If everything breaks right, I could see him developing into something between Brandon Phillips and Martin Prado. But even if everything doesn't, I see him becoming a player of substance. He's not Getz or Giavotella material.

Of course, I'm not the only one who likes Franklin's chances of being a solid Major League contributor and, if I'm right, I'm definitely not the only one thinking about what it might cost to lure him away from the Mariners.

First and foremost, the Yankees could use a second baseman to replace Cano. They don't have the deepest farm system in baseball, but they certainly have enough to afford Franklin and the Mariners and Yankees do have a bit of history trading with one another. The Rays are also rumored to be interested in Franklin as a piece for a trade that could send David Price to the Mariners. If there is any truth to those rumors and I were the Mariners, I would probably explore every possible avenue that could net me Price.

That being said, the Royals might be able to offer a little something of value to the Mariners, as well.

The way the Mariners lineup stacks up right now, it is predominantly left-handed. Cano, Brad Miller, Kyle Seager, Michael Saunders and Dustin Ackley are all left-handed. Justin Smoke and Abraham Almonte are both switch-hitters. That leaves Mike Zunino and, if they dare play him, Jesus Montero as their only right-handed bats. That's as of now. Now with Cano in the mix, it's a guarantee the Mariners aren't done shopping.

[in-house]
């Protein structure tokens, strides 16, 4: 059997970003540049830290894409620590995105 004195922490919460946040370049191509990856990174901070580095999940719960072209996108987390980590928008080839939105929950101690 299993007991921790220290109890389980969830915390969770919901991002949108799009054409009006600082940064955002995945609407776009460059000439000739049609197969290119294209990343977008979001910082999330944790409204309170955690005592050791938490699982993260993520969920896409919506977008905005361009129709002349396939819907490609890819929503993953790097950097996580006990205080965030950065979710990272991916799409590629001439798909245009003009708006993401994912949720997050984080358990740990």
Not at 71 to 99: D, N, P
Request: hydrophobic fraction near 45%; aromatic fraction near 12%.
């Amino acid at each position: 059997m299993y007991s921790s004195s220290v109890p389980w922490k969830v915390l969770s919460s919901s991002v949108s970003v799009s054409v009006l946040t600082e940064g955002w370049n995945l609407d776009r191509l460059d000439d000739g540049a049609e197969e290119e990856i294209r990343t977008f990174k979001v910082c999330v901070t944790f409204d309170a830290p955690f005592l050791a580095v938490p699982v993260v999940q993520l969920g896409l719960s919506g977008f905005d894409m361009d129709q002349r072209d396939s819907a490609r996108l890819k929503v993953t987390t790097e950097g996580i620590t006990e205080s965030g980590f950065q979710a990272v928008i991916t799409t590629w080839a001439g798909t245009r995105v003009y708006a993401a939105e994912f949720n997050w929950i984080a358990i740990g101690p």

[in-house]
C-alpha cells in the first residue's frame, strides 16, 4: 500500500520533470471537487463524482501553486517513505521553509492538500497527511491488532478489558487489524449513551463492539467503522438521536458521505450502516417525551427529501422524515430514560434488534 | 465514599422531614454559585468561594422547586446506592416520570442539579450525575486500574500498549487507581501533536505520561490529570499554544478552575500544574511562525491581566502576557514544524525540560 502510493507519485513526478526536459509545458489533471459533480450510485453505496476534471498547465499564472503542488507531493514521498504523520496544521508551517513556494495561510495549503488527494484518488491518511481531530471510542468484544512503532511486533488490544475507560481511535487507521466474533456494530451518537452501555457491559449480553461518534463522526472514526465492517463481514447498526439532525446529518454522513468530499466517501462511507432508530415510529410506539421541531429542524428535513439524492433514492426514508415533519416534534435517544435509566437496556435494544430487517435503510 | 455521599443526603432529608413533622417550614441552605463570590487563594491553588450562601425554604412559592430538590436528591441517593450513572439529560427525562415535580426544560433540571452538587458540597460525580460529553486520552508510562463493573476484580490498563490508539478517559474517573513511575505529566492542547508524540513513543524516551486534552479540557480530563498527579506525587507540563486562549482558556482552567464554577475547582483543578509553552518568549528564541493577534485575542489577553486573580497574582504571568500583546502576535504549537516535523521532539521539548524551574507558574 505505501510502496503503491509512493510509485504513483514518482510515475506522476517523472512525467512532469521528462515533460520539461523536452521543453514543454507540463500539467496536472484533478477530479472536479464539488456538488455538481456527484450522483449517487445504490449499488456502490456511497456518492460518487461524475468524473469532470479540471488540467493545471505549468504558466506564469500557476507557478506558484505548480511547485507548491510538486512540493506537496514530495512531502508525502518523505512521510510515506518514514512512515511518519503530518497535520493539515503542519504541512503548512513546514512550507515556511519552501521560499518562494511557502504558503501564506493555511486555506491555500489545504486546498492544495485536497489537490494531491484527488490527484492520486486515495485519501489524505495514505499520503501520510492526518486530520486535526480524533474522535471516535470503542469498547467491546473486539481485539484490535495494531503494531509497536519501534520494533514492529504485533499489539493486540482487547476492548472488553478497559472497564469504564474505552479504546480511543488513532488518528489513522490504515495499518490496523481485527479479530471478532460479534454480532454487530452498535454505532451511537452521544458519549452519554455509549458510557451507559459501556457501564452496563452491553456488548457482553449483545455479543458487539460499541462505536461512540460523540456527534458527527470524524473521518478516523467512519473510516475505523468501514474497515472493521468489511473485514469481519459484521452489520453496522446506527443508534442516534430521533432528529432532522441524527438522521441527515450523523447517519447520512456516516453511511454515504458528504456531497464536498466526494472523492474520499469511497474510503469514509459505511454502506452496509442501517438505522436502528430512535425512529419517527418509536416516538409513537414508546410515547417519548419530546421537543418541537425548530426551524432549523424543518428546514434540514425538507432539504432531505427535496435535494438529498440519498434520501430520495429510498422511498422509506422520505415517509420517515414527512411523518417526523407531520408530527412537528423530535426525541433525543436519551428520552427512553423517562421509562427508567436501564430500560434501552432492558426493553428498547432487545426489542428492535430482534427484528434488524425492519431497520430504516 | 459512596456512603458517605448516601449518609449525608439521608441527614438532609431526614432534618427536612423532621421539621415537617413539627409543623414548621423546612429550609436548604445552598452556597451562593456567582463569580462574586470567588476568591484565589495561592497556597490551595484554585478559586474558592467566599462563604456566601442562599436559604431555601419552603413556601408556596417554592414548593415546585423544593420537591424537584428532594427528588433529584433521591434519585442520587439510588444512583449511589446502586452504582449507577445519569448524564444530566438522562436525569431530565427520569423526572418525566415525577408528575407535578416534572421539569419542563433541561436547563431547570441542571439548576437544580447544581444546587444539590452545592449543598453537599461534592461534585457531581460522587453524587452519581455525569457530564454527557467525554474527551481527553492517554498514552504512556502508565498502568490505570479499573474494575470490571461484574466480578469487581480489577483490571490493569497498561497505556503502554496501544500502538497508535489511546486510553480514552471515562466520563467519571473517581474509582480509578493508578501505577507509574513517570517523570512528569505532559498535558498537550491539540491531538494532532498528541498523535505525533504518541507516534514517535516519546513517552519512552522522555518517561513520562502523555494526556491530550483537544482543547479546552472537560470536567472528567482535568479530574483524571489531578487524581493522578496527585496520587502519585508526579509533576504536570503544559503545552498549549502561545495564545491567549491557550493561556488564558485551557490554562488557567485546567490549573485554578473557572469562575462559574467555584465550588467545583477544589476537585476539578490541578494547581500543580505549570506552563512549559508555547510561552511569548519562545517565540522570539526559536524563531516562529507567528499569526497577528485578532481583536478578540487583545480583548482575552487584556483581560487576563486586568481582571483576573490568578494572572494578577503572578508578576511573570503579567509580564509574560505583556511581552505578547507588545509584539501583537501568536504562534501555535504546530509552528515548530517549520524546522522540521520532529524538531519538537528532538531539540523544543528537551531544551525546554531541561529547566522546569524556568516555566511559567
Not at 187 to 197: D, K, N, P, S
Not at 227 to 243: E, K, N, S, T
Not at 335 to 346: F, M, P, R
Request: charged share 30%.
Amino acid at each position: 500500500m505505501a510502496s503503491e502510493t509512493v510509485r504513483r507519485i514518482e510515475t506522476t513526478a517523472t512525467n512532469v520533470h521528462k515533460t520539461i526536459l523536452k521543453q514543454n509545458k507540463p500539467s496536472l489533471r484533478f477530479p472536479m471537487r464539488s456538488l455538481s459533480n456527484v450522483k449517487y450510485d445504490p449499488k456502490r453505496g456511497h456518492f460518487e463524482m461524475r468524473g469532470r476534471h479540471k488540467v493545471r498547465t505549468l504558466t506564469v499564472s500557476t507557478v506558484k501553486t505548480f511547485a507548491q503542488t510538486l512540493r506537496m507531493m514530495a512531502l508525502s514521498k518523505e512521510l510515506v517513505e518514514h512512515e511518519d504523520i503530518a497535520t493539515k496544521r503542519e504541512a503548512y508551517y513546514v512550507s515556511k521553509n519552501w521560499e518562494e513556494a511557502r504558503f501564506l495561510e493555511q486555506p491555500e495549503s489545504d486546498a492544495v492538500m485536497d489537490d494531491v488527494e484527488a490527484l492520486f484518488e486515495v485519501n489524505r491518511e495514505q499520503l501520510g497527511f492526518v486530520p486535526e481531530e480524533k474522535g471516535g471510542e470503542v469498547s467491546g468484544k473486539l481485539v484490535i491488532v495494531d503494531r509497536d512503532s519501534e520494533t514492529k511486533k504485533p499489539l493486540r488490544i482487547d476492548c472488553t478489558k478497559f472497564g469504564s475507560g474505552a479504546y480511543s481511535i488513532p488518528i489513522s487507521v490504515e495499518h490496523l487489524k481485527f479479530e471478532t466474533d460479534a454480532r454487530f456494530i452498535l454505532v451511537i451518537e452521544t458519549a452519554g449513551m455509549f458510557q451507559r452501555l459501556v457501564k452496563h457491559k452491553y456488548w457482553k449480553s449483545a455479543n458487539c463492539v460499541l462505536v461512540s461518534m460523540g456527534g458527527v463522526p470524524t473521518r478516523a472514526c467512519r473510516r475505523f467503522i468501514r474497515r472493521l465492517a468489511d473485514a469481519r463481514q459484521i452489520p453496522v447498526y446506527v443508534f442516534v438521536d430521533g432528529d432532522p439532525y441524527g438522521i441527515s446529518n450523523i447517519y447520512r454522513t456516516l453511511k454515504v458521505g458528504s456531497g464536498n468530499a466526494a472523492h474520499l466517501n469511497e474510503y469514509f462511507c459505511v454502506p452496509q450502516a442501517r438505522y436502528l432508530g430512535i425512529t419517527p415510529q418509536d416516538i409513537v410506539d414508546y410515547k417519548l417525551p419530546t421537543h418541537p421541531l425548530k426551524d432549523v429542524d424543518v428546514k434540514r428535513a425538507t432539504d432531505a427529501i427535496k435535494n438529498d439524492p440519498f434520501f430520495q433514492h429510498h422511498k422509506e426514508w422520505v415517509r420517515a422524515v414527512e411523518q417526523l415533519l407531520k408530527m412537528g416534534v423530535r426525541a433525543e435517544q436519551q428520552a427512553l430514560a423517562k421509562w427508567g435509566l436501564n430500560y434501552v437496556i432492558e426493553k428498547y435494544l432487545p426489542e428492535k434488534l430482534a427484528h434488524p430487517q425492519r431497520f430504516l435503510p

Scanning over that list, though, the most glaring hole is designated hitter. A hole that could easily be filled by the rotund Billy Butler, who just so happens to be a right-handed bat. Sadly with the season Butler is coming off of, that might be his most attractive attribute to Seattle and he's certainly not in the same class as a David Price. But the pieces fit and maybe the Royals could coax a pitching prospect away from the Mariners, as well, given Butler's history of hitting better than he did in 2013. In this scenario, I imagine talks with Carlos Beltran might heat back up for the Royals.

With the addition of Norichika Aoki on Thursday, that could also free up Lorenzo Cain to be dealt if the front office has lost some love for him with his latest injury woes. And if you look at Seattle's outfield of Saunders, Ackley, Almonte, it's not as if his services couldn't be of use. A Cain for Franklin deal straight up would be agreeable for both teams, I would think.

Other than that, I would be willing to send a Danny Duffy to the Mariners for Franklin, but I'm not sure Dayton Moore would. Actually, I have no idea what Moore values when it comes to pitching, which brings me to my rant for today.

Did Moore not learn his lesson last year with Scott Feldman?

I wanted Moore to sign Feldman last offseason, but instead the Cubs got him on a one-year, $6 million deal and eventually traded him to Baltimore for two decent long-term pieces. Well, Feldman was snatched up today by the Astros on a three-year, $30 million deal.

Feldman is actually five days younger than Jason Vargas, and last year owned a lower ERA (3.86 vs. 4.02), WHIP (1.18 vs. 1.39), an identical K/9 rate (6.5), in more innings (181.2 vs. 150). On a blind resume alone, it's a no-brainer as to which is the better pitcher. It's equally as obvious that at just $2 million more per year, Feldman is the better value and comes with less risk since the deal is a year shorter. A shorter, yet still reasonably priced contract, also makes Feldman more valuable as a trade asset for when the Royals inevitably return to rebuilding mode. At no point in Vargas' tenure with the Royals will he hold any trade value whatsoever.